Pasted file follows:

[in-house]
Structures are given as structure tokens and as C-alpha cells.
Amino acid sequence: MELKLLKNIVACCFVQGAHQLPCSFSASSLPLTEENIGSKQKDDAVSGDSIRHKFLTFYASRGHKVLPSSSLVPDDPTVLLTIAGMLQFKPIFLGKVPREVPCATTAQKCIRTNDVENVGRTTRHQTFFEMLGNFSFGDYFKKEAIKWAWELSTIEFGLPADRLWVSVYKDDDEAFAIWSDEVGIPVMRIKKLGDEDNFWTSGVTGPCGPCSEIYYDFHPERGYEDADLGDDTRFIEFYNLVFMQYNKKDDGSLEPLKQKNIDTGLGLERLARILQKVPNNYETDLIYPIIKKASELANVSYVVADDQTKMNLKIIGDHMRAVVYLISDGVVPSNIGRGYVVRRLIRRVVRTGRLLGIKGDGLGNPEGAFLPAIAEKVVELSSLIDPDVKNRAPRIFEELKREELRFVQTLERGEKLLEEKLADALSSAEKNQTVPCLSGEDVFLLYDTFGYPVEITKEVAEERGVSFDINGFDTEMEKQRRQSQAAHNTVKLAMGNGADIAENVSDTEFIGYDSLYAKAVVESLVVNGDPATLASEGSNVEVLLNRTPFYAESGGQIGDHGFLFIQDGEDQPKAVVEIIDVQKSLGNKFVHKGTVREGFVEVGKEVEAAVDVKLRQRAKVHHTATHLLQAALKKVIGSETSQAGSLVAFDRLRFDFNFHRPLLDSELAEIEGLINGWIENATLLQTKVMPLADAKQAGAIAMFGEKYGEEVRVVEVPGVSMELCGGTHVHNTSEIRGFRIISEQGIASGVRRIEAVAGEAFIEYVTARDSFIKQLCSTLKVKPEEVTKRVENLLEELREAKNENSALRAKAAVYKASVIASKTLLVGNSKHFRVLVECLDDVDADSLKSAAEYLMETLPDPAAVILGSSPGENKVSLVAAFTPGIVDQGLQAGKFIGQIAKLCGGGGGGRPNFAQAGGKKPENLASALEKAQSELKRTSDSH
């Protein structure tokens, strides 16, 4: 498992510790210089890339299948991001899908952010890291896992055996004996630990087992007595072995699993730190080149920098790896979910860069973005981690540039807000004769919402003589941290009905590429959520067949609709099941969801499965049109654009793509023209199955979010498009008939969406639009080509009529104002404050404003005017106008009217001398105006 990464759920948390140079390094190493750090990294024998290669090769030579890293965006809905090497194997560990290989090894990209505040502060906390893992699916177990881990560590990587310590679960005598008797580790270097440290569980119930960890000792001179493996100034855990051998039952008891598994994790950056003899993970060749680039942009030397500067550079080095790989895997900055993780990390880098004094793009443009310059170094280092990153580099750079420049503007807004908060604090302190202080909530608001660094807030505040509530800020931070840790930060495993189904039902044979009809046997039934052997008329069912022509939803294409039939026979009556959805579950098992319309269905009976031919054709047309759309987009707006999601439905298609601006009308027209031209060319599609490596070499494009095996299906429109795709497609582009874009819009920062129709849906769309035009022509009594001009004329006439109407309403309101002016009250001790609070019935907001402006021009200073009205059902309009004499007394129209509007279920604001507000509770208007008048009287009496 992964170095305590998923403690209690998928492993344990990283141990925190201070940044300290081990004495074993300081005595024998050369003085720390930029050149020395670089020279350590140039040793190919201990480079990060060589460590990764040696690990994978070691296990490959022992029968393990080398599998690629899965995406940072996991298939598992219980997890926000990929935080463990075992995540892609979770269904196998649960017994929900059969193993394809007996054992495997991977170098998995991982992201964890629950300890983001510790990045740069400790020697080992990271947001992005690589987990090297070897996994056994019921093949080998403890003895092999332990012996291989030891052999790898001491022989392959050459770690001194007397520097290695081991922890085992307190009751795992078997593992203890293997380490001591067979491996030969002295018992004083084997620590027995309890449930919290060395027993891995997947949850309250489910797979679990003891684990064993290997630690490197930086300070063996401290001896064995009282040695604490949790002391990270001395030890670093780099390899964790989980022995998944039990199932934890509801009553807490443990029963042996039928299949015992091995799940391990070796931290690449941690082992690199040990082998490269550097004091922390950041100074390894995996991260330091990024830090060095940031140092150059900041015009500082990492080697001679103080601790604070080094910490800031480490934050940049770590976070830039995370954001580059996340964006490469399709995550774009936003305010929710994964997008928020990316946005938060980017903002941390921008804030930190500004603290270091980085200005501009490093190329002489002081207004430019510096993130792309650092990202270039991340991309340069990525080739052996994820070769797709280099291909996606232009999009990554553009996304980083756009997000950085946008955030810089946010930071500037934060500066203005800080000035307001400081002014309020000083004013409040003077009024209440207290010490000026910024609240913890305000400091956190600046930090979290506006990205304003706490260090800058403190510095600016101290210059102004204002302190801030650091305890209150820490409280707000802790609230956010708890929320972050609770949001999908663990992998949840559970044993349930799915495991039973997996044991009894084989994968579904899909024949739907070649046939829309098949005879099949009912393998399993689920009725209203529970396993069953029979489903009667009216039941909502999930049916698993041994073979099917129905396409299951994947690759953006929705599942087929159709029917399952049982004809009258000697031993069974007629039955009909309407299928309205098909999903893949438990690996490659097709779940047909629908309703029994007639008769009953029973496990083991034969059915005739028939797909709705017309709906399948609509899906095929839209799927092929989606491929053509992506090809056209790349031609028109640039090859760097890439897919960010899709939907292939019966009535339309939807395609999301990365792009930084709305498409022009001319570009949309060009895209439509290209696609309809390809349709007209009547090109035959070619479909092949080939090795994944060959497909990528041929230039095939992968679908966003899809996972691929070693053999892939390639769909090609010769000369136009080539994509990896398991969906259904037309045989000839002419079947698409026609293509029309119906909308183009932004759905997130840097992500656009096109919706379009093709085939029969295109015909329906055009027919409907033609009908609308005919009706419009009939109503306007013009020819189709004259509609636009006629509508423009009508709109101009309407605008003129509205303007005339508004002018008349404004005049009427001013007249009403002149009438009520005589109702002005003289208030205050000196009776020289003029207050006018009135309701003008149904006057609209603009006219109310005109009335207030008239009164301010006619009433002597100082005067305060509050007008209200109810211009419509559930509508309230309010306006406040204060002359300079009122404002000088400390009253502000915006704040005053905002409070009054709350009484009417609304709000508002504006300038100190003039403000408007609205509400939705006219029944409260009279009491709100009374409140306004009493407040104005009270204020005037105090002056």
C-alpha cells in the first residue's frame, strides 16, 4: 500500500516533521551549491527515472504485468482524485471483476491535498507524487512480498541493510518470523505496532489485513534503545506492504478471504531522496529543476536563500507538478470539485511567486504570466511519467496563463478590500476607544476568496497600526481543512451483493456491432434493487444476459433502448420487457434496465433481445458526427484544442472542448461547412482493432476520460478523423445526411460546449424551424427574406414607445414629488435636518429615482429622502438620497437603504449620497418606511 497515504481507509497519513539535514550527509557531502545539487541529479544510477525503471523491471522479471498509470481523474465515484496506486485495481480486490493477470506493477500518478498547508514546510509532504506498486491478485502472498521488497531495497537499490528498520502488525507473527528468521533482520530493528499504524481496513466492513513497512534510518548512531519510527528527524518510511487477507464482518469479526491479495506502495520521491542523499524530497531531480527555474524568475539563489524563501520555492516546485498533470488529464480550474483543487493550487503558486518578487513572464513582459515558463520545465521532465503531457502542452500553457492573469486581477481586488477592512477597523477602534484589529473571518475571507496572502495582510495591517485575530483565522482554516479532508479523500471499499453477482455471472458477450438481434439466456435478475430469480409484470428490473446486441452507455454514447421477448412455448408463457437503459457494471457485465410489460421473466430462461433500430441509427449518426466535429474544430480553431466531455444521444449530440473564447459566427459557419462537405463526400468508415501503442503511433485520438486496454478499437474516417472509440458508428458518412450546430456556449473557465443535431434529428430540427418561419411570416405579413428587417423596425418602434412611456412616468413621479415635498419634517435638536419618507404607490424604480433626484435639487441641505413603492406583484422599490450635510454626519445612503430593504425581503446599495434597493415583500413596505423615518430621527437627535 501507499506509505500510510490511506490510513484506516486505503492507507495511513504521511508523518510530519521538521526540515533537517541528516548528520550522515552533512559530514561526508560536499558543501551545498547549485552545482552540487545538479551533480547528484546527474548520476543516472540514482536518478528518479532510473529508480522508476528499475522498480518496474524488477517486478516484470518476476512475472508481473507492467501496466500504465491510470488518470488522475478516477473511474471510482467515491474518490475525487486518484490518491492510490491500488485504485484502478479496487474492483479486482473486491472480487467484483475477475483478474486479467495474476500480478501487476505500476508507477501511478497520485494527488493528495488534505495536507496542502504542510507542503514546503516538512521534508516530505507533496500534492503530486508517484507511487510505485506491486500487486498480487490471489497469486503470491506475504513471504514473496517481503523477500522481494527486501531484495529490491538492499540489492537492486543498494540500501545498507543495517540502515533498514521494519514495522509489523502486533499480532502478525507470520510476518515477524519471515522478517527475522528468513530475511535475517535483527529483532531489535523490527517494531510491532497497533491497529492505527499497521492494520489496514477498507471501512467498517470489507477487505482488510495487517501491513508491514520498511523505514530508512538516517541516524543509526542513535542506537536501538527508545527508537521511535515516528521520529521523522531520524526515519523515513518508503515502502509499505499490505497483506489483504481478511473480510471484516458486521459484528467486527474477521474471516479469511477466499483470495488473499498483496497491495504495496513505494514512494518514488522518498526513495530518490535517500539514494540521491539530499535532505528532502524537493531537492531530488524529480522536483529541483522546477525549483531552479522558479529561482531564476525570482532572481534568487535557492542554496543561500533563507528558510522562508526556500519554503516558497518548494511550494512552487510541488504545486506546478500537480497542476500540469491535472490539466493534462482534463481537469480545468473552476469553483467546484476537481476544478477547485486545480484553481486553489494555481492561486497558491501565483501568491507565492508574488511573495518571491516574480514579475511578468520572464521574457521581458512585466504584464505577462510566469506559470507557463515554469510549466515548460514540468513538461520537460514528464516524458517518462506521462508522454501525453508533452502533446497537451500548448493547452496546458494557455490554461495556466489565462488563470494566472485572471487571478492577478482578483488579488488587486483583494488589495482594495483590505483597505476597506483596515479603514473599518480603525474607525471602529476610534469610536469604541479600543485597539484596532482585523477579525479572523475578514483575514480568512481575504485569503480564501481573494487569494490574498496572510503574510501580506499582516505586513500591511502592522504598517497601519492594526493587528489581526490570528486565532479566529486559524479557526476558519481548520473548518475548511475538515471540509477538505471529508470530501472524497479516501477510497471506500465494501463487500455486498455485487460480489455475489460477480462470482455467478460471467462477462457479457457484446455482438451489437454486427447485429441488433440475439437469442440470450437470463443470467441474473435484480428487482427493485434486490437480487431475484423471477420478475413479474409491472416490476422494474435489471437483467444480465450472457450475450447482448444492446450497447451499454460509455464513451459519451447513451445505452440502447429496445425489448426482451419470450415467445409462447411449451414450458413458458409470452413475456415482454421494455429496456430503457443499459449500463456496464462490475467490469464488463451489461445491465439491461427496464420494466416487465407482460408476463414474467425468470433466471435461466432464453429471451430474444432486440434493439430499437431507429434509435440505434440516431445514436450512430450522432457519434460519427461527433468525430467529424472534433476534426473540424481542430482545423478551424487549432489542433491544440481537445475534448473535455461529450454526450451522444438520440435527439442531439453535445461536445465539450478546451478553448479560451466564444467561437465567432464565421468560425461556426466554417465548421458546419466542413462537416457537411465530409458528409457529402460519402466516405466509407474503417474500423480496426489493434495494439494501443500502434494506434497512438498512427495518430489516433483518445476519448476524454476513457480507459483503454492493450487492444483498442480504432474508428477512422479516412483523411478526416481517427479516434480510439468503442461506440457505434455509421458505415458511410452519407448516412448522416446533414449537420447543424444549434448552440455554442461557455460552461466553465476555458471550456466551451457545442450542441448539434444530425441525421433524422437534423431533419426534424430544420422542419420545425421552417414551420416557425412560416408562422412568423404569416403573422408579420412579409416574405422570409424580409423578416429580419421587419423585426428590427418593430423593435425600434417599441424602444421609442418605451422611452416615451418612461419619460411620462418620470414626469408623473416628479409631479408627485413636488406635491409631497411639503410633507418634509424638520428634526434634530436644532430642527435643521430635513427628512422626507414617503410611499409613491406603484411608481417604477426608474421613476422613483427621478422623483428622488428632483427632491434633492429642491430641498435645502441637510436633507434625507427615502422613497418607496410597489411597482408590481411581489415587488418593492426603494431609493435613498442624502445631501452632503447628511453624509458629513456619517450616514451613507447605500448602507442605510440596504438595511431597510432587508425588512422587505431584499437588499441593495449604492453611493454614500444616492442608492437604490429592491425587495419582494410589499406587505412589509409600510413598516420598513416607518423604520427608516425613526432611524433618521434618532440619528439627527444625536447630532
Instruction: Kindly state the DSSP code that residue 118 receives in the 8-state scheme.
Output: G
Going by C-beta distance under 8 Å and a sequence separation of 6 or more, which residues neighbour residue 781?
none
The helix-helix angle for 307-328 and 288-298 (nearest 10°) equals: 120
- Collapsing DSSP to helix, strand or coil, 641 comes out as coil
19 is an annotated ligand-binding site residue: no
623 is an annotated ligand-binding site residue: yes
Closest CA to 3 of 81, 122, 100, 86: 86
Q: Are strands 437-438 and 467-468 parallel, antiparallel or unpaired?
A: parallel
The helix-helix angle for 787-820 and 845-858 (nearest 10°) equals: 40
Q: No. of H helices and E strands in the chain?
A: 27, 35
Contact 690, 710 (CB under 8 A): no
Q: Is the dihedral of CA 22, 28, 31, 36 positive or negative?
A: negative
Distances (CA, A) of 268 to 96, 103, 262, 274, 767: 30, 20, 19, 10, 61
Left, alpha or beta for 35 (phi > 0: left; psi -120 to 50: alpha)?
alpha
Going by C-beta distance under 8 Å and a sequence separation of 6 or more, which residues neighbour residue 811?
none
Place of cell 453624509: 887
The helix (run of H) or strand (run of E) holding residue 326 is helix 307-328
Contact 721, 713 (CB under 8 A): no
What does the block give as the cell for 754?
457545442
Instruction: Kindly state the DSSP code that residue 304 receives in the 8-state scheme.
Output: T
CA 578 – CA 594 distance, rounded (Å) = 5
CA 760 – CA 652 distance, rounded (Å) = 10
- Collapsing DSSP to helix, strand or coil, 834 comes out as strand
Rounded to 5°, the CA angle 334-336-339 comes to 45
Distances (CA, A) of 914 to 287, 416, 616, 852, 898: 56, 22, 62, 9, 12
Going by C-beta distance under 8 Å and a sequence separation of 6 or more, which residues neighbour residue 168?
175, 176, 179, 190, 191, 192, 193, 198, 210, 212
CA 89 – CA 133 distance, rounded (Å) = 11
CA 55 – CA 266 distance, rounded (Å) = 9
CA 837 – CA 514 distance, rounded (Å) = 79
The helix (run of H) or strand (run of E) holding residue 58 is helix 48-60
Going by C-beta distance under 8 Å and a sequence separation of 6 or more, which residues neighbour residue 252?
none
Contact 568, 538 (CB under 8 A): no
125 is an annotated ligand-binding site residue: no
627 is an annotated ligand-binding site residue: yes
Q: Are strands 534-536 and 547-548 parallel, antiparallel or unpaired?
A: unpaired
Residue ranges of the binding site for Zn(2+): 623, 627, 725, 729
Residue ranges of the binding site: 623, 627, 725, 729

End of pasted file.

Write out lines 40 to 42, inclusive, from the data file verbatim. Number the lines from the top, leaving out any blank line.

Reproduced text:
Going by C-beta distance under 8 Å and a sequence separation of 6 or more, which residues neighbour residue 168?
175, 176, 179, 190, 191, 192, 193, 198, 210, 212
CA 89 – CA 133 distance, rounded (Å) = 11